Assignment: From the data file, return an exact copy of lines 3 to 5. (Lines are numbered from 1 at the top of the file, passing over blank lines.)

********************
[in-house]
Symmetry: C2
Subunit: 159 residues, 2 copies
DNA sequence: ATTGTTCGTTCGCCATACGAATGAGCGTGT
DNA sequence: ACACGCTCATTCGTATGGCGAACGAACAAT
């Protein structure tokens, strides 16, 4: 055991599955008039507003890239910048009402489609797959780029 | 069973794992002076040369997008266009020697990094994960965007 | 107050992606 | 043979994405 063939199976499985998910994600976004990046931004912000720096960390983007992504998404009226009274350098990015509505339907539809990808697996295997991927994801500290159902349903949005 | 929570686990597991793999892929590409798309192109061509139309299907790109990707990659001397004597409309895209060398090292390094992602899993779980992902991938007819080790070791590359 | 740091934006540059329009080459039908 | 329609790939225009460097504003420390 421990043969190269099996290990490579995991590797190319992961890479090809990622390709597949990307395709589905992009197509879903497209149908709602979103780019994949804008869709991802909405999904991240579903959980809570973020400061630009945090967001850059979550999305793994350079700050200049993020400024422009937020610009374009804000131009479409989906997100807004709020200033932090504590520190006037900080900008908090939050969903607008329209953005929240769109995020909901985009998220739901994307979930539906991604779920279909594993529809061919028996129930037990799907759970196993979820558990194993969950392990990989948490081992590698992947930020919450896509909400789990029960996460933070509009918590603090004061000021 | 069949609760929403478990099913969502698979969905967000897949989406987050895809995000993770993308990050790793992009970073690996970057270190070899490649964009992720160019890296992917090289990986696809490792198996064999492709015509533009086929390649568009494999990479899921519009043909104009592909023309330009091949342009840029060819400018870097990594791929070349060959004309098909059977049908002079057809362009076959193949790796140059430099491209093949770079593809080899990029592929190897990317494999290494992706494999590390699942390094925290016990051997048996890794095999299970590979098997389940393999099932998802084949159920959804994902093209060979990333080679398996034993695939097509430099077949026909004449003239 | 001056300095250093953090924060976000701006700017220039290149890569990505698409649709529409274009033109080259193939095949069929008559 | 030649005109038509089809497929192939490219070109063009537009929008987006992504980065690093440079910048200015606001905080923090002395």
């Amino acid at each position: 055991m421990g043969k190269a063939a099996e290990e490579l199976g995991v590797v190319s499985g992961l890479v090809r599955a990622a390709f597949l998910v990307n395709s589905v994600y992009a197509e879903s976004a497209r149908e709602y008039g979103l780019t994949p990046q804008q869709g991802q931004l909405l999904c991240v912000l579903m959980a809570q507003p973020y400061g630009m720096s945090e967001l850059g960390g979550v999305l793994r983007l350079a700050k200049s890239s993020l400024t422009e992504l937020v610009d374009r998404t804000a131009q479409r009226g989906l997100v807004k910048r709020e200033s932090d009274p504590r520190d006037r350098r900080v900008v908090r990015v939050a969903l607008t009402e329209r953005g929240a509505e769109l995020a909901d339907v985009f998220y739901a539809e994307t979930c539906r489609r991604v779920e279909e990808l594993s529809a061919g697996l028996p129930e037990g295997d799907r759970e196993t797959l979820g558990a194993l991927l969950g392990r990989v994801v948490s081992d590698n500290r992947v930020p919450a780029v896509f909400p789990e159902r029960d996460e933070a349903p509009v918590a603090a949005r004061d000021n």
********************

Subunit: 159 residues, 2 copies
DNA sequence: ATTGTTCGTTCGCCATACGAATGAGCGTGT
DNA sequence: ACACGCTCATTCGTATGGCGAACGAACAAT